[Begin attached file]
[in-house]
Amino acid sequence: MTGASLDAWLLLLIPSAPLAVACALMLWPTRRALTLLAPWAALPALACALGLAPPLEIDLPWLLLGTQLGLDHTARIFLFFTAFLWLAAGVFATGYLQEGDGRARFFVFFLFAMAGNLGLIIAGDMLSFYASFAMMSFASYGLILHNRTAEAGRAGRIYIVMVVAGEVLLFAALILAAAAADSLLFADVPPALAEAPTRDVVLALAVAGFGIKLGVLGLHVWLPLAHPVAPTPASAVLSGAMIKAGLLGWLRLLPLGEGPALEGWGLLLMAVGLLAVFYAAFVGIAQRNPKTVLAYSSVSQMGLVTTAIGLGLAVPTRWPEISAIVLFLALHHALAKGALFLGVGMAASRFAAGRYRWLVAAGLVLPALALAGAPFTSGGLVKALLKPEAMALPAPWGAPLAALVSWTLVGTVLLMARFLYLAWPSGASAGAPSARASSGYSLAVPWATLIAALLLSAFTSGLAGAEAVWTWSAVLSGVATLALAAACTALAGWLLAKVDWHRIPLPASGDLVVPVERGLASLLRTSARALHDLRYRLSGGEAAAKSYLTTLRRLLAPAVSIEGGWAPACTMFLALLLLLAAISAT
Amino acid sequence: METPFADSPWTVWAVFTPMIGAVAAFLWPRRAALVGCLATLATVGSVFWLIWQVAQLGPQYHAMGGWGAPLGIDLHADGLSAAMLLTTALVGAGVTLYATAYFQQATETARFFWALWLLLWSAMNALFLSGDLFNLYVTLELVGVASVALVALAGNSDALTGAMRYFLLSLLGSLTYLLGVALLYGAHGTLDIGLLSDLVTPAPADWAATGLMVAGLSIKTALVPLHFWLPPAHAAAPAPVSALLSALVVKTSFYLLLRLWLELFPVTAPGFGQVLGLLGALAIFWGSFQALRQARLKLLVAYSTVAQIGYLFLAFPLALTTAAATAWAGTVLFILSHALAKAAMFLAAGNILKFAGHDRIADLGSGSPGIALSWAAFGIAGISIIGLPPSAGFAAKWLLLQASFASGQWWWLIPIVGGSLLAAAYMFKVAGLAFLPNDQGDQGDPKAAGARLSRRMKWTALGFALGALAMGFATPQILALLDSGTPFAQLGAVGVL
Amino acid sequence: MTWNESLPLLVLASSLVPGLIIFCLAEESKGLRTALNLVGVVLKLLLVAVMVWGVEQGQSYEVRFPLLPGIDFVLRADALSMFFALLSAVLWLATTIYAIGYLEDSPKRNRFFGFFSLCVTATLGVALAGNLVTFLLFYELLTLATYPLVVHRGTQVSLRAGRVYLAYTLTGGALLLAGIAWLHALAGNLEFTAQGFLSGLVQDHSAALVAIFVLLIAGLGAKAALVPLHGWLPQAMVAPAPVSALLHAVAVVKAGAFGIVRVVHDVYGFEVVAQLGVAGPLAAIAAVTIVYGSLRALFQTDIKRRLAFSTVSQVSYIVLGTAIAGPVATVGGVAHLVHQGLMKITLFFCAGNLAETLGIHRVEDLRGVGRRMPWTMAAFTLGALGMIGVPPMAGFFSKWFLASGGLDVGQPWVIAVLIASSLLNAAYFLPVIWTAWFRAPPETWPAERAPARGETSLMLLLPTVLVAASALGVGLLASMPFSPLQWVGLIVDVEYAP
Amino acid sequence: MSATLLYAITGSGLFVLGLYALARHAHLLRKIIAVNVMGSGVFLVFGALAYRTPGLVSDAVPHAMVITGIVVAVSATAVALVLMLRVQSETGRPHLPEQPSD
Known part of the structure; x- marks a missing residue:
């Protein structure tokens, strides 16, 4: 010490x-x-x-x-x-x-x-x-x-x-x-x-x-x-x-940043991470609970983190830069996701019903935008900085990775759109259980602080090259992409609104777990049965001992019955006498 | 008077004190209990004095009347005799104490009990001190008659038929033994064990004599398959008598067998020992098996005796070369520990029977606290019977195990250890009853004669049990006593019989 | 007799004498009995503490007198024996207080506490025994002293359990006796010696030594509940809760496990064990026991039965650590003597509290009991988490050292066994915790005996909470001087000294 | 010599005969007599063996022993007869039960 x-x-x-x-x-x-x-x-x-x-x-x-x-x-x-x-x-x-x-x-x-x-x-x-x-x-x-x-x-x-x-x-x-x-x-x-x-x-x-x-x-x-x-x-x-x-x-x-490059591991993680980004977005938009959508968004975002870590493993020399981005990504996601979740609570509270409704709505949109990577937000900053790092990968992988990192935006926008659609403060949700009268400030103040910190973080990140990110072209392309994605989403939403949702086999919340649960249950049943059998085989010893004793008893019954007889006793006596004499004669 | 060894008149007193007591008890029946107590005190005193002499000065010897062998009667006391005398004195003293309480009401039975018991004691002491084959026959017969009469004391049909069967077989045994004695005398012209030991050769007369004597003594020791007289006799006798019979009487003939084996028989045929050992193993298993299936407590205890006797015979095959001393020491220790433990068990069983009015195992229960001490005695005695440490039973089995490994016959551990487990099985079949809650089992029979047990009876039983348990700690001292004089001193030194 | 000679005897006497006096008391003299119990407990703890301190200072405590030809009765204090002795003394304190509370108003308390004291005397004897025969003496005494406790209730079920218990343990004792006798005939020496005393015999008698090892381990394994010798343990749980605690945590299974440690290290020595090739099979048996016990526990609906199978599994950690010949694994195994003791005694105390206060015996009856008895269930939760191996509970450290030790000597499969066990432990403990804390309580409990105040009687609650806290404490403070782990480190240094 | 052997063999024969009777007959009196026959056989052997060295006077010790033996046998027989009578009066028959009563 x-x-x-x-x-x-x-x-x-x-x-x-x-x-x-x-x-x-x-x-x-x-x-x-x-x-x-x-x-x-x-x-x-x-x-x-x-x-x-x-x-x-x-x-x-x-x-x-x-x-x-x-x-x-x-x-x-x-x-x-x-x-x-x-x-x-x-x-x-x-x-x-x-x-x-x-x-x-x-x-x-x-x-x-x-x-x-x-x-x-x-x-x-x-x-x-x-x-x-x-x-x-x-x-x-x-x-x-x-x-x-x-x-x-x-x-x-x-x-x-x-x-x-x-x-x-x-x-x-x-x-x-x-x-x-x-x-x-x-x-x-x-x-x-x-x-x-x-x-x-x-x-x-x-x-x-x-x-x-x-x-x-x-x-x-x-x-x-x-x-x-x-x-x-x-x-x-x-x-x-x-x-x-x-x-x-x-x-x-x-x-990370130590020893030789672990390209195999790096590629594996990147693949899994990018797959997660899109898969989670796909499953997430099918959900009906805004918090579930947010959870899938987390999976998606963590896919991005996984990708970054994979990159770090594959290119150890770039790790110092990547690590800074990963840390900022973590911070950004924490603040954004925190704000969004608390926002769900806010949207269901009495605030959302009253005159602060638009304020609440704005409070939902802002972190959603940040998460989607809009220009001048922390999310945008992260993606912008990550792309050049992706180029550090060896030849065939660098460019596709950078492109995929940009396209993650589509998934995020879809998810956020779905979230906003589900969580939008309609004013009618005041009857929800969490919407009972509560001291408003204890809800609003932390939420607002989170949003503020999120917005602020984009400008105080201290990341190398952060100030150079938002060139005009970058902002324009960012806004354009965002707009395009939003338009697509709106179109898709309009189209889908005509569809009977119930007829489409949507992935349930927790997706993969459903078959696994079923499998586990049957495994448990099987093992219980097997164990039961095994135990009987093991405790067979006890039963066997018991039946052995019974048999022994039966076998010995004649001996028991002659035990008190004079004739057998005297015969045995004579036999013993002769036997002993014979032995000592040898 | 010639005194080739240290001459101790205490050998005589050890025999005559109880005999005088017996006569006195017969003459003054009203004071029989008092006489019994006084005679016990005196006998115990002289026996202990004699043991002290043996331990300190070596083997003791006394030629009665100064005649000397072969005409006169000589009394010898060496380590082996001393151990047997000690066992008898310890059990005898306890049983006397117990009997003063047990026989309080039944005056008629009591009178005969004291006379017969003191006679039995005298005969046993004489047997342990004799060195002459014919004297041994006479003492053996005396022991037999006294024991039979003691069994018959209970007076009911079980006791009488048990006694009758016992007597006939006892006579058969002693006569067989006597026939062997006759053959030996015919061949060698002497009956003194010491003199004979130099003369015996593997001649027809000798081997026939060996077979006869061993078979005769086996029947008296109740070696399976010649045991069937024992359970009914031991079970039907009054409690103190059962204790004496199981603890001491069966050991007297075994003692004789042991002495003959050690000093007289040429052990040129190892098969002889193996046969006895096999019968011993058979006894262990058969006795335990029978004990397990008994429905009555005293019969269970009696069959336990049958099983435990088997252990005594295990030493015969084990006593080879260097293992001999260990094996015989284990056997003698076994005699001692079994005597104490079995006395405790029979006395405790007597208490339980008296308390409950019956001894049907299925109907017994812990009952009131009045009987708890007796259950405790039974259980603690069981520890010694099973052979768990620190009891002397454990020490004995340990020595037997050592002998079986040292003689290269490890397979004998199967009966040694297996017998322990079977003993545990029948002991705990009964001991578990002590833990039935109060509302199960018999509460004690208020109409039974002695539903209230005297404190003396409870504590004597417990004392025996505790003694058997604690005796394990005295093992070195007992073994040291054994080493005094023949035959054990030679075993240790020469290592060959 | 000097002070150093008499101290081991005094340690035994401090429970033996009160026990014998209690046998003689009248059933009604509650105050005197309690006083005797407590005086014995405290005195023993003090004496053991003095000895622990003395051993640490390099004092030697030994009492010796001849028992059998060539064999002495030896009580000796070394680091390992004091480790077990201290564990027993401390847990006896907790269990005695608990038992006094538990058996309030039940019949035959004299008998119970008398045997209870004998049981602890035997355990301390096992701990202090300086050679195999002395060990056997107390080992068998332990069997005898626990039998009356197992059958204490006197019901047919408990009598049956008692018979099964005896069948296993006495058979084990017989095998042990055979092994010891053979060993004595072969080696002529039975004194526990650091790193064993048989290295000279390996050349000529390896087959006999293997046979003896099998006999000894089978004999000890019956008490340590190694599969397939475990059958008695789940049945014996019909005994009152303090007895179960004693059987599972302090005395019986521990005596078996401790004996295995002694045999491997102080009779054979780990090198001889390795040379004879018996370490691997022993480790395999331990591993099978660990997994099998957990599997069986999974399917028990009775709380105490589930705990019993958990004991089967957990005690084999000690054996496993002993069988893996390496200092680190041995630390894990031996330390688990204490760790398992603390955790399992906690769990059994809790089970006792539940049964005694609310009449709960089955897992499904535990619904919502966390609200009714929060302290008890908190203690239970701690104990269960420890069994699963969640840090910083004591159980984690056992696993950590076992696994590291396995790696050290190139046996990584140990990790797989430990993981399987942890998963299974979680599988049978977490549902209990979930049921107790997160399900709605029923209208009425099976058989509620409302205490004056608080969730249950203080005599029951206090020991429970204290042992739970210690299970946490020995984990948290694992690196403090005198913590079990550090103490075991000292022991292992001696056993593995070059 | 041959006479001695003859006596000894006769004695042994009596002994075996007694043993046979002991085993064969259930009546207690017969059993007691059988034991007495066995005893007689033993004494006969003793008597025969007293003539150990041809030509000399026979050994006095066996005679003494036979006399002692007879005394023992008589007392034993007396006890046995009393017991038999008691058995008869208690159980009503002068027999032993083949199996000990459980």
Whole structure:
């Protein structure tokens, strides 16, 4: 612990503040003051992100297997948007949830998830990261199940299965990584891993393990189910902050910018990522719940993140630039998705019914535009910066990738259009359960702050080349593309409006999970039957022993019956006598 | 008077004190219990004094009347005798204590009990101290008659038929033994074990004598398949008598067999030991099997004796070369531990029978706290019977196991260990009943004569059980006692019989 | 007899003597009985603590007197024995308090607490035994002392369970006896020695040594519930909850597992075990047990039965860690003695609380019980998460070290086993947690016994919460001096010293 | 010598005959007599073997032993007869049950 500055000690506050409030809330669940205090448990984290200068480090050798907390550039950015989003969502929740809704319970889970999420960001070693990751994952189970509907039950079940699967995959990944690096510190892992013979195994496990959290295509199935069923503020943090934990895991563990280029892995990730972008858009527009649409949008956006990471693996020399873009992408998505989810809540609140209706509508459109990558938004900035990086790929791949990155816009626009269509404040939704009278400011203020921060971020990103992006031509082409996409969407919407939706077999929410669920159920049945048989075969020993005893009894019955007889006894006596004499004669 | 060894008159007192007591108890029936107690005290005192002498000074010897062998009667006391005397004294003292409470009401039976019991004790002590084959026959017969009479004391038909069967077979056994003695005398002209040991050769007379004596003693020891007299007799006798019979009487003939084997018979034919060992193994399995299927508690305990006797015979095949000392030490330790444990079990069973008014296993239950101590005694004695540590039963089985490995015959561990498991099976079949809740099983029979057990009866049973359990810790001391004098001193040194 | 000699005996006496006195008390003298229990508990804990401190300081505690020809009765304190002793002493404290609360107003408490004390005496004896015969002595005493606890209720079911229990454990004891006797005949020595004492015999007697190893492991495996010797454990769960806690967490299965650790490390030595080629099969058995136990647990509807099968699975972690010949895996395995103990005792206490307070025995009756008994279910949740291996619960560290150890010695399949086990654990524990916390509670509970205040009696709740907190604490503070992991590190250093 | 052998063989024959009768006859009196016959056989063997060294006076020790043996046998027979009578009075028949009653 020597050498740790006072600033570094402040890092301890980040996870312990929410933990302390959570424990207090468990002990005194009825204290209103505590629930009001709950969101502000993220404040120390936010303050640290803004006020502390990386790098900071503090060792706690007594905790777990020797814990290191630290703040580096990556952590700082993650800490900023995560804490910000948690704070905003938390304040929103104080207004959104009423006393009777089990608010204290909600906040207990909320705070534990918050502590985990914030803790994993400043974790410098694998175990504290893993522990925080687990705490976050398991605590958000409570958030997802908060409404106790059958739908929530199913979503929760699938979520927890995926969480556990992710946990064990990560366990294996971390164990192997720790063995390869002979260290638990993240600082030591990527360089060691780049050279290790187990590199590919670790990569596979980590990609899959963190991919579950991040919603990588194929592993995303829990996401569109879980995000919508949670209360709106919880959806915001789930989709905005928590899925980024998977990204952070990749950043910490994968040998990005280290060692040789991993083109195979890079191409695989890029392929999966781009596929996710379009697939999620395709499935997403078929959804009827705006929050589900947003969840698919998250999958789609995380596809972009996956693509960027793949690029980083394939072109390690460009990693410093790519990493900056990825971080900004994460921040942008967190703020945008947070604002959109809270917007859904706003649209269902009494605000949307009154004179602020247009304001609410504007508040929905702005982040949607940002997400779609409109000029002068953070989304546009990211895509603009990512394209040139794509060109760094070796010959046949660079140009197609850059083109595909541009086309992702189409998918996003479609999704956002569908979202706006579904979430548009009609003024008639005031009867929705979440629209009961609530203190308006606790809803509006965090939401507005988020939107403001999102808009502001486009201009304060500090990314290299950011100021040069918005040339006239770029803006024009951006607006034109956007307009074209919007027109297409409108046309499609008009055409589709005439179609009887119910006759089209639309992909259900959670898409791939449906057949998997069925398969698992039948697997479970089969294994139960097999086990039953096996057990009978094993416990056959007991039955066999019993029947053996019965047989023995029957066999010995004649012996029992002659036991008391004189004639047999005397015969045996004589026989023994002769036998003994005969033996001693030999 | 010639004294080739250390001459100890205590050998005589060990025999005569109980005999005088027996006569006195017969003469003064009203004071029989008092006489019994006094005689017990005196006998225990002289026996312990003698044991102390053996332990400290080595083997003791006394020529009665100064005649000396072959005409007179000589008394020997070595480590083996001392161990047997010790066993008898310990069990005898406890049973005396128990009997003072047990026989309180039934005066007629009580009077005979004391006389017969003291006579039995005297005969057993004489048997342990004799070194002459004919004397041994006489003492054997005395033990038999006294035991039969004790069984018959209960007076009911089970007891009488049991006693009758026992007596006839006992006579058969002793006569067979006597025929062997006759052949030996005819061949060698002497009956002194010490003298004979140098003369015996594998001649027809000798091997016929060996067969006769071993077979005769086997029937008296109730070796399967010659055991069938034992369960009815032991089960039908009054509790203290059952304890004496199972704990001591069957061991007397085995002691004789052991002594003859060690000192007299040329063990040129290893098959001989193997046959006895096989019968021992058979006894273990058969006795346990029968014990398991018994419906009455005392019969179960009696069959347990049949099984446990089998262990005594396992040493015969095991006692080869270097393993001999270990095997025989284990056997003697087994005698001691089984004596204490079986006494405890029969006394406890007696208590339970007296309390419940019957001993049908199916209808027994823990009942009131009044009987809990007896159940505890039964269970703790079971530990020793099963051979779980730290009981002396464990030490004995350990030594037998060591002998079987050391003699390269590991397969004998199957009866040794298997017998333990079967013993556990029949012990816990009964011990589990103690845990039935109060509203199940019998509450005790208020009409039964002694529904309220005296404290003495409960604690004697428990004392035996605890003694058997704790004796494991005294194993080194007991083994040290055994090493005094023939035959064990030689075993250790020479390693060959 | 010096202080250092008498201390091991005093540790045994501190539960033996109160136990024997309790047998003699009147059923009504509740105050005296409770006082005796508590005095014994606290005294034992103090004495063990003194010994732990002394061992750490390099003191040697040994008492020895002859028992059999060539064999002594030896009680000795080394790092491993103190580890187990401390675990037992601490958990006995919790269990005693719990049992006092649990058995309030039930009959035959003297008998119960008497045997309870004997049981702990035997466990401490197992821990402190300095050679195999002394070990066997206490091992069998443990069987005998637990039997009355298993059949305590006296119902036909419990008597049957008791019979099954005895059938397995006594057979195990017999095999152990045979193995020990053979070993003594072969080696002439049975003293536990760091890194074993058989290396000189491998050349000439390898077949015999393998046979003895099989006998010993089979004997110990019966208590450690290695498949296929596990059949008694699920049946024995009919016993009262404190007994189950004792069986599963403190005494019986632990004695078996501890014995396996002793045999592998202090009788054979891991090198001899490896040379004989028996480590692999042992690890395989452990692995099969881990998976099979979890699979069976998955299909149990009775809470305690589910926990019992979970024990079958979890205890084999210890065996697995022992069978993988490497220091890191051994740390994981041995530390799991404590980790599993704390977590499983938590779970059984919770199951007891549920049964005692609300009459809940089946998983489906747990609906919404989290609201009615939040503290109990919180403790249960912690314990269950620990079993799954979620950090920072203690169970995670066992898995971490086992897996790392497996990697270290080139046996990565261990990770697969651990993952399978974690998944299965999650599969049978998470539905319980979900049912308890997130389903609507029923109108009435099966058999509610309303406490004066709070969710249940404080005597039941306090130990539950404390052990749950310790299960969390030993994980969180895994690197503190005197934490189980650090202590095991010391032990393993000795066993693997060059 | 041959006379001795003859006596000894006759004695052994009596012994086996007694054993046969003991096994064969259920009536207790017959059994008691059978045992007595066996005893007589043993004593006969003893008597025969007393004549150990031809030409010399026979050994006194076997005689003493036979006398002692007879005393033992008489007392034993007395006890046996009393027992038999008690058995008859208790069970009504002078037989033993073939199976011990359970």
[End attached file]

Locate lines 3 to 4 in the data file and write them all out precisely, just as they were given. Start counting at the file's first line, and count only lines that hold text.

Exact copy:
Amino acid sequence: METPFADSPWTVWAVFTPMIGAVAAFLWPRRAALVGCLATLATVGSVFWLIWQVAQLGPQYHAMGGWGAPLGIDLHADGLSAAMLLTTALVGAGVTLYATAYFQQATETARFFWALWLLLWSAMNALFLSGDLFNLYVTLELVGVASVALVALAGNSDALTGAMRYFLLSLLGSLTYLLGVALLYGAHGTLDIGLLSDLVTPAPADWAATGLMVAGLSIKTALVPLHFWLPPAHAAAPAPVSALLSALVVKTSFYLLLRLWLELFPVTAPGFGQVLGLLGALAIFWGSFQALRQARLKLLVAYSTVAQIGYLFLAFPLALTTAAATAWAGTVLFILSHALAKAAMFLAAGNILKFAGHDRIADLGSGSPGIALSWAAFGIAGISIIGLPPSAGFAAKWLLLQASFASGQWWWLIPIVGGSLLAAAYMFKVAGLAFLPNDQGDQGDPKAAGARLSRRMKWTALGFALGALAMGFATPQILALLDSGTPFAQLGAVGVL
Amino acid sequence: MTWNESLPLLVLASSLVPGLIIFCLAEESKGLRTALNLVGVVLKLLLVAVMVWGVEQGQSYEVRFPLLPGIDFVLRADALSMFFALLSAVLWLATTIYAIGYLEDSPKRNRFFGFFSLCVTATLGVALAGNLVTFLLFYELLTLATYPLVVHRGTQVSLRAGRVYLAYTLTGGALLLAGIAWLHALAGNLEFTAQGFLSGLVQDHSAALVAIFVLLIAGLGAKAALVPLHGWLPQAMVAPAPVSALLHAVAVVKAGAFGIVRVVHDVYGFEVVAQLGVAGPLAAIAAVTIVYGSLRALFQTDIKRRLAFSTVSQVSYIVLGTAIAGPVATVGGVAHLVHQGLMKITLFFCAGNLAETLGIHRVEDLRGVGRRMPWTMAAFTLGALGMIGVPPMAGFFSKWFLASGGLDVGQPWVIAVLIASSLLNAAYFLPVIWTAWFRAPPETWPAERAPARGETSLMLLLPTVLVAASALGVGLLASMPFSPLQWVGLIVDVEYAP